When you order a book about Design Patterns you expect it to be more a reference then a complete read, because the stuff looks to be boring ('dry stuff' as we say here), without trying it out.
In this book however the author takes you on a journey of software architecture, design and decisions. The book gives lots of "Aha!", "Huh?" and "Done that" moments which, I guess, keeps you awake.
It is loaded with lots of solutions for particular (recognizable) software problems, not just pushing Design Patterns, but making you think more about the right solutions, which always depends....

In just three days I have read half of the book already! For me that is rare.

So if you are interested in better software design I can highly recommend this book, it reads like a breeze!

Friday, April 24, 2009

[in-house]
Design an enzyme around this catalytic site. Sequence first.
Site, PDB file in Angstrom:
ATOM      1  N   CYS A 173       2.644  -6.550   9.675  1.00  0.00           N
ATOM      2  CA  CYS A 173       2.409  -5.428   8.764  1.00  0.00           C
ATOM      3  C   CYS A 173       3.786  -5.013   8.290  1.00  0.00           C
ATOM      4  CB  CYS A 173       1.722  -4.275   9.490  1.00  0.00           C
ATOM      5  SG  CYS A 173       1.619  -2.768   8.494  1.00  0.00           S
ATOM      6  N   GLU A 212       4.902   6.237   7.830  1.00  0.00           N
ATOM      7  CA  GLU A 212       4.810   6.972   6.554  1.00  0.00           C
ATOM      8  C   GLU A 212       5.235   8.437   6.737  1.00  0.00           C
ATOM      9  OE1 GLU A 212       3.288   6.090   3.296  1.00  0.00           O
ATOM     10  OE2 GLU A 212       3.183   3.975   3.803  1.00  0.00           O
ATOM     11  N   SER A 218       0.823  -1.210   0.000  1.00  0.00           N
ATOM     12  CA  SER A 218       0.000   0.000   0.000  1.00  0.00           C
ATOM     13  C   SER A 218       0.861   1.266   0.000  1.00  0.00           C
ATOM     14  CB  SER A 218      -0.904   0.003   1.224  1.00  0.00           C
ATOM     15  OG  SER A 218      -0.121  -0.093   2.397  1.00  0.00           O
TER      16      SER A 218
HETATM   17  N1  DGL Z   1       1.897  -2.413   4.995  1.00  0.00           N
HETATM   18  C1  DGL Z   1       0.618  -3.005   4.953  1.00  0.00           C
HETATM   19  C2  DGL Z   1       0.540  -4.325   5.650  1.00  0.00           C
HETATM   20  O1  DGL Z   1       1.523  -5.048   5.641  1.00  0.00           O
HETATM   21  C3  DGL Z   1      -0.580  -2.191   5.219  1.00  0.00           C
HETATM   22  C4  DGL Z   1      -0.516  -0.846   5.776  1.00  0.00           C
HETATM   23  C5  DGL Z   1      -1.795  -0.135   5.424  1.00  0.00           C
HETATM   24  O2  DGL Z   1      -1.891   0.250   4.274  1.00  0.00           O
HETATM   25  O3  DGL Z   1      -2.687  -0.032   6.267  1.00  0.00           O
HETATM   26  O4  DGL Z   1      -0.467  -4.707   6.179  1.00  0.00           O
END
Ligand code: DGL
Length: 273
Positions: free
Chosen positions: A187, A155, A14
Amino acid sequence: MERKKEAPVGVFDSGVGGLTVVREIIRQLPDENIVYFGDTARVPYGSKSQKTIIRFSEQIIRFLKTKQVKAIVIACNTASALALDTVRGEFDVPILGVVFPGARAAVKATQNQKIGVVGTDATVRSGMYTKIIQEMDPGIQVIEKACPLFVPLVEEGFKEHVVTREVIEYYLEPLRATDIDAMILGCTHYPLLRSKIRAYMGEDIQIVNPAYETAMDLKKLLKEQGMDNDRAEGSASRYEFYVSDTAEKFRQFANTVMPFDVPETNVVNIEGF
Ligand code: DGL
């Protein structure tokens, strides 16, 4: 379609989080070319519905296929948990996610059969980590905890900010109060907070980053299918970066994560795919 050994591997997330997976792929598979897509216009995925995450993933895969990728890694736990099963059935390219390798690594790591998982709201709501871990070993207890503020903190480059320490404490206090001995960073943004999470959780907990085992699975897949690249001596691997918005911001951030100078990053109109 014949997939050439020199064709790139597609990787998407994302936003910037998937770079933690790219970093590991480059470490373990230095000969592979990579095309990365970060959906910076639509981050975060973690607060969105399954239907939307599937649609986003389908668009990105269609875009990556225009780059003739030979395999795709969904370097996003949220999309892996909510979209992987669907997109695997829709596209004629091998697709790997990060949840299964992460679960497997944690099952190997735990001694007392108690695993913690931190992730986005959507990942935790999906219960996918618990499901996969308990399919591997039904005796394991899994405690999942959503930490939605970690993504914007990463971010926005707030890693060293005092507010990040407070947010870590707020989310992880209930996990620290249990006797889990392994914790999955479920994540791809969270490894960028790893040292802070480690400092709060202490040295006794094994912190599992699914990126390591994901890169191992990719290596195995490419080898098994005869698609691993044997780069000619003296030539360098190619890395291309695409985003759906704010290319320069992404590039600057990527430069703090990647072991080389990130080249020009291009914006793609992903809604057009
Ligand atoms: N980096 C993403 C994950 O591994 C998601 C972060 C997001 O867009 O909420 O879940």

Exploring Test Driven Development

A few weeks ago I attended a software event organized by the dutch Software Developer Network SDN. This time I followed a few sessions about Test Driven Development presented by (among others) Alex Thissen, Thomas Huijer and Dennis Doomen.

I must admit that before this sessions I was convinced that automated unit testing was a plus, but it would take just too much time (at least that is what I thought) so that I never actually used it. Triggered by this sessions I started to explore TDD and slowly but surely I am convinced by its pros.

So what is it?
TDD is not strictly about testing, but it is a software design method build upon testing. Check the TDD wiki for all the details, but basically it drills down to the following:

Every new feature in an application starts with building a test around one unit of code (a method or property), because of the fact that the real feature is not yet written that test will fail. After making the test you write the actual method which correctness can be checked by running the test.
Kind of strange huh? First test, then code. But when you think about it a little more it is a great way to improve your code quality.

Consider the following: